The world began with a sacrifice.

That's how the ancestors saw it, 6000 years ago.

6000 years later, that's still how witches see it.

Throughout Indo-Europeandom (and beyond it as well), one finds tales of the Primal Sacrifice. A divine or semi-divine being is killed; from his body, the world as we know it is created.

And so sacrifice becomes the central rite of public worship. Every sacrifice reenacts—reembodies—that primal, cosmogonic sacrifice.

Every sacrifice recreates the world.

Moreover, this is a true story. Truly, life lives on life. No matter what kind of -vore you are, others die so that you can eat them and live.

In the modern world, public animal sacrifice is simply not practical. (As a result, those who eat meat mostly eat food killed in an unsacred way: surely, a terrible state of affairs.) As a result, Gerald Gardner, in an act of audacious creativity, saw fit to replace animal sacrifice with the Great Rite.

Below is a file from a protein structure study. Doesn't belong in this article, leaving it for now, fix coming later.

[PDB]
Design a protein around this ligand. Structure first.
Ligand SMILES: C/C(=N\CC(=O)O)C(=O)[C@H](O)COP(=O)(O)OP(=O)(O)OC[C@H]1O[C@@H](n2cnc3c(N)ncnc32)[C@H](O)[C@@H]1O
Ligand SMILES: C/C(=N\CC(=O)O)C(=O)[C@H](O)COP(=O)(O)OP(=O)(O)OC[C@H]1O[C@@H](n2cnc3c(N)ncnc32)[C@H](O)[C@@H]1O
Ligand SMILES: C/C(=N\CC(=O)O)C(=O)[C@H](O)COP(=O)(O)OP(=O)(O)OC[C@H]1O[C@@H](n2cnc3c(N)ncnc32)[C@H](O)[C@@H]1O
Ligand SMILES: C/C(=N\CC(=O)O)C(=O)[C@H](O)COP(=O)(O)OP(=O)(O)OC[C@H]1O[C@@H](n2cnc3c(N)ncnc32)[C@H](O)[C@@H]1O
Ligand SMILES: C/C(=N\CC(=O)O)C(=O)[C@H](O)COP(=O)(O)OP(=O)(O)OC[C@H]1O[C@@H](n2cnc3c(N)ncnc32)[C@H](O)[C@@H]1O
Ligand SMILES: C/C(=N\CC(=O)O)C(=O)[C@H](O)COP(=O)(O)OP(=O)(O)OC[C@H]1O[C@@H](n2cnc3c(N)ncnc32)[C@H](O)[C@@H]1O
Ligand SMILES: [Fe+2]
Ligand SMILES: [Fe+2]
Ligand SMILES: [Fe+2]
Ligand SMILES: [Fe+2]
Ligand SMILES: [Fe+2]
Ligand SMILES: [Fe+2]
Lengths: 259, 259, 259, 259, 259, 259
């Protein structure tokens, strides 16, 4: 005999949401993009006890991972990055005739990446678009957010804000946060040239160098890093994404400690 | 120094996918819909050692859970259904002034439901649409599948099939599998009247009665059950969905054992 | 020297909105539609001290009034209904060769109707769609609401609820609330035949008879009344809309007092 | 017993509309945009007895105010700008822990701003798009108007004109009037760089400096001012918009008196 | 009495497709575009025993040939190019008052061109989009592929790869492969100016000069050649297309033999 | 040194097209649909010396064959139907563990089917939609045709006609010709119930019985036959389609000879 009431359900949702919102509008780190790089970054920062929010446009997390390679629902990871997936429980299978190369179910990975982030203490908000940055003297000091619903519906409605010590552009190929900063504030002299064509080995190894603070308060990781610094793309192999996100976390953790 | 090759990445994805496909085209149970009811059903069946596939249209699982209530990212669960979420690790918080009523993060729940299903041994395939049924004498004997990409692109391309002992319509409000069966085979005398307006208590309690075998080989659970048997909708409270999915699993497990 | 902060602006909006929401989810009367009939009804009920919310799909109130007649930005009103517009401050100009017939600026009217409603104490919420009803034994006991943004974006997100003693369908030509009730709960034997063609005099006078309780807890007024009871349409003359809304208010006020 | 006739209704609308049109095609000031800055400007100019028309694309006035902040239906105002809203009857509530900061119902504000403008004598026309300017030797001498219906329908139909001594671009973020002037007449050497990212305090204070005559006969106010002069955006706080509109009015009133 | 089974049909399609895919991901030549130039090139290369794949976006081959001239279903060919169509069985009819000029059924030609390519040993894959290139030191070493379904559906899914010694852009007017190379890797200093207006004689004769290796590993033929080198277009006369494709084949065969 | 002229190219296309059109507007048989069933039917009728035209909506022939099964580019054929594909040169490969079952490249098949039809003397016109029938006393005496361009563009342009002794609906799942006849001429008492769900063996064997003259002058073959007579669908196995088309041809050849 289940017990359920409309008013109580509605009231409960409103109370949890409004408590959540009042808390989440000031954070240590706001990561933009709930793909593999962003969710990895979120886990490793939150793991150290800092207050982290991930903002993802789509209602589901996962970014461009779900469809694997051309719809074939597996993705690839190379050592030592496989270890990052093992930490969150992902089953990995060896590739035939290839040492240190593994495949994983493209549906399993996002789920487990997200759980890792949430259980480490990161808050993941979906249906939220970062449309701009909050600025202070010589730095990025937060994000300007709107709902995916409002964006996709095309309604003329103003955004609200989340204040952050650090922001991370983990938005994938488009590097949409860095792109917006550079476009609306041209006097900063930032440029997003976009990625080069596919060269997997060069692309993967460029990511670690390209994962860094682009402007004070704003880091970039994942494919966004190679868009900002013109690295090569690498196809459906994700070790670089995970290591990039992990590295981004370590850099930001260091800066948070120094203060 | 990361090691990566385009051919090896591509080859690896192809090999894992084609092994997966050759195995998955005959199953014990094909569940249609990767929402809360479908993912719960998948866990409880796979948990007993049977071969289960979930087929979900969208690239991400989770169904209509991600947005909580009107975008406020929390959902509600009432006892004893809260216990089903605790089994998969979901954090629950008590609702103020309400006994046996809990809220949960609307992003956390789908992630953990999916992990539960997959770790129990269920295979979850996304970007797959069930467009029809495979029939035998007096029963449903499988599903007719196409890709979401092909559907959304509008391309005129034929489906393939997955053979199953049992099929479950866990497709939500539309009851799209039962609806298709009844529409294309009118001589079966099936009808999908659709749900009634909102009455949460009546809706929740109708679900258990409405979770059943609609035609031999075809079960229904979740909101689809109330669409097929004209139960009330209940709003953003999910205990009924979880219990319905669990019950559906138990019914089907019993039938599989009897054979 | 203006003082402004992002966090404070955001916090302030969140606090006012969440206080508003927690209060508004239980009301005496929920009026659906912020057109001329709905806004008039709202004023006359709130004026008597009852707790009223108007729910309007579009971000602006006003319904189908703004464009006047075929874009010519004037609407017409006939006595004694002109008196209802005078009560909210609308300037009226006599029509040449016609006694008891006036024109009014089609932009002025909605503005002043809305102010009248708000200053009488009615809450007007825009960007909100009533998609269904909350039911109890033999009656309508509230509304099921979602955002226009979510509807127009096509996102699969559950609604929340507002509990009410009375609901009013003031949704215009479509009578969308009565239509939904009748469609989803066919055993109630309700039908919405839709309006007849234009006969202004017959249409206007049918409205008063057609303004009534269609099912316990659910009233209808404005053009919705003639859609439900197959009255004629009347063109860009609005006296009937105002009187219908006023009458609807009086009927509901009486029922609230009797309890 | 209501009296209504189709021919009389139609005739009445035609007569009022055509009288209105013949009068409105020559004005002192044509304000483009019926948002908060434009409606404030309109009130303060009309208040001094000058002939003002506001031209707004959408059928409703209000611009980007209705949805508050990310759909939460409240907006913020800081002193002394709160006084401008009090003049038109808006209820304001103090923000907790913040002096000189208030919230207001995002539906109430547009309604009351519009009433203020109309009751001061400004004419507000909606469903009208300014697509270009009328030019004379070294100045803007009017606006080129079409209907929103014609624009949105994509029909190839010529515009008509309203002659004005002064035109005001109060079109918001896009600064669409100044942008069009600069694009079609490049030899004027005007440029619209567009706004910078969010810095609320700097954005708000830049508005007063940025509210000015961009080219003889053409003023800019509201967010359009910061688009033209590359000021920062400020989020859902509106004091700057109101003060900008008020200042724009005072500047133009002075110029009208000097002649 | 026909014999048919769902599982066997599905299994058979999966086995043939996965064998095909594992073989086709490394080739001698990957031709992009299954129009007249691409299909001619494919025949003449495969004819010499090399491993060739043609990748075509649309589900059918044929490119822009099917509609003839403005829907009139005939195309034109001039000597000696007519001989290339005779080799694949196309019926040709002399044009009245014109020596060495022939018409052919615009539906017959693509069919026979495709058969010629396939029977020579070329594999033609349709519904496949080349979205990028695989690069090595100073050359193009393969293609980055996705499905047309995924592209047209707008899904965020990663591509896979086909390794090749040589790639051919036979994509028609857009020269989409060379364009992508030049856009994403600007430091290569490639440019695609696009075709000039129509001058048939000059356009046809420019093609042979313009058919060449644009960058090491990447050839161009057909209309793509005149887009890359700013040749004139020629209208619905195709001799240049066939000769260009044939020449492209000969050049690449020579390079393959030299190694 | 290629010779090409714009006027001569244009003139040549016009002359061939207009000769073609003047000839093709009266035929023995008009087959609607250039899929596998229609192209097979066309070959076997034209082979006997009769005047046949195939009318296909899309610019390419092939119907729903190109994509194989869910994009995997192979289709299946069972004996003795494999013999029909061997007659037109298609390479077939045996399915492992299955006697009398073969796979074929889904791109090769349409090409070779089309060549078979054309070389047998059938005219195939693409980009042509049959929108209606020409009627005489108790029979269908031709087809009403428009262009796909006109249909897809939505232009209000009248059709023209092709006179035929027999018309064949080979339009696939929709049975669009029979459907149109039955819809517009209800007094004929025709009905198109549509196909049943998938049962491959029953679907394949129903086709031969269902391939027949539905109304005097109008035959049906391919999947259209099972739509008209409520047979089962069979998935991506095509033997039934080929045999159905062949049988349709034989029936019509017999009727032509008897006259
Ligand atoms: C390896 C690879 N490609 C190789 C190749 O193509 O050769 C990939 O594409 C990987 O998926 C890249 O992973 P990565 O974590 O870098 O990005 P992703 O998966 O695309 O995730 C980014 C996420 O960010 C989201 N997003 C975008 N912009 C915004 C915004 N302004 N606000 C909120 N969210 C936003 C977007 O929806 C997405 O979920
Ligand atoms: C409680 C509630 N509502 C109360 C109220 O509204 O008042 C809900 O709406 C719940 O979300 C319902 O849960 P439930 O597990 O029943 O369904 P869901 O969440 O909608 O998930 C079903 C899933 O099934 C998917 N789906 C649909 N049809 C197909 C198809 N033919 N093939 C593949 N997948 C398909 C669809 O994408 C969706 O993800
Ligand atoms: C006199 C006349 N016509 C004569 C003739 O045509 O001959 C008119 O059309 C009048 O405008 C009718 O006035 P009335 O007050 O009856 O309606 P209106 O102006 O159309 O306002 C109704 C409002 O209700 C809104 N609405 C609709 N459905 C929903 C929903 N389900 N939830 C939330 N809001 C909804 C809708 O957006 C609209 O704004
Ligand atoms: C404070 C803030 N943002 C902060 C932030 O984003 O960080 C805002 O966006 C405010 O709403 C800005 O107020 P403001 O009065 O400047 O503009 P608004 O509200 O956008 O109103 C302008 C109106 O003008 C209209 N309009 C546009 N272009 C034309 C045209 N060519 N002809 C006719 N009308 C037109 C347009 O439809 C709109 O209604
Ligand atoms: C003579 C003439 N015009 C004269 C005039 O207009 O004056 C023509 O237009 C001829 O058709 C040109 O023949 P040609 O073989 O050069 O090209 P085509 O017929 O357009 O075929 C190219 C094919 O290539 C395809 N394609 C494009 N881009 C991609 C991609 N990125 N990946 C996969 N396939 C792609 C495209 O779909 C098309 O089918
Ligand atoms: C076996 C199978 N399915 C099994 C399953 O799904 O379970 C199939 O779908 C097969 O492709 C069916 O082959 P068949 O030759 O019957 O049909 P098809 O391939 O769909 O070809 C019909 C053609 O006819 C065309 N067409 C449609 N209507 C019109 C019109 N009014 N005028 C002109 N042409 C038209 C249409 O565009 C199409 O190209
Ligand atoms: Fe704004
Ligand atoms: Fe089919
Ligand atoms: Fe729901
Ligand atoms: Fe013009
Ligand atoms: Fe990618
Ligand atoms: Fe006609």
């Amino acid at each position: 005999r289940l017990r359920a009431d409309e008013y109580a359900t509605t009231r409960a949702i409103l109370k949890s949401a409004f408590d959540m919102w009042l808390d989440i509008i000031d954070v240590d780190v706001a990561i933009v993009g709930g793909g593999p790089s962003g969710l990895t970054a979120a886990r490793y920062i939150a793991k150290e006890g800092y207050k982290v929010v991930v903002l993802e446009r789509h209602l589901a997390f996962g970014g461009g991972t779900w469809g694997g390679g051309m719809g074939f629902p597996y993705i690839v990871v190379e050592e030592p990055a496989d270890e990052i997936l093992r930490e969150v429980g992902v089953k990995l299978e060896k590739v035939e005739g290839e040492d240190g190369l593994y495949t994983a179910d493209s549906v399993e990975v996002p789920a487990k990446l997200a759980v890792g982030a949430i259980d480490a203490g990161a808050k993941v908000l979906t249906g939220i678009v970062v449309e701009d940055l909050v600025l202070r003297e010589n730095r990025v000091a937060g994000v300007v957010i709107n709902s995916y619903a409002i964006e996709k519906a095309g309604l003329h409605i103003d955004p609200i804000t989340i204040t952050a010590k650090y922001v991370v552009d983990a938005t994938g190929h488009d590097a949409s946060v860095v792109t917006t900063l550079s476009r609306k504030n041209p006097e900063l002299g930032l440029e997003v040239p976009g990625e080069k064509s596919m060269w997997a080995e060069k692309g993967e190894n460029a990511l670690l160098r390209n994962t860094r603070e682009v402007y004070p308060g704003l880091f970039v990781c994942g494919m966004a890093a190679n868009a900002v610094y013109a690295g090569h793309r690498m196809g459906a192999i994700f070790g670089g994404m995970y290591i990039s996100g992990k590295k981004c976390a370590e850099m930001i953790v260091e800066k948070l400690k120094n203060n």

And this also is a true story. The world began with an act of love. As witches, of course, we embrace this truth: the truth of Bealtaine.

But there is also the truth of Samhain. Our god wears horns for a reason. Lord of all life, he lives with our life: every killing is an act of deicide. Why is the witch's foremost tool an athame? My people, we are a tribe of deicides.

Late this summer, when the Midwest Tribe of Witches foregathers in immemorial Grand Sabbat, the Lord of the Sabbat, as he has for ages of ages, will once again mount the altar.

Flashing, the blades will fall.

And, once again, as so often before, the world will be made anew.


For more on the cosmogonic sacrifices of Indo-Europeandom, see:

Ken Dowden (2000), European Paganism: The Realities of Cult from Antiquity to the Middle Ages. Routledge.

M. L. West (2007), Indo-European Poetry and Myth. Oxford.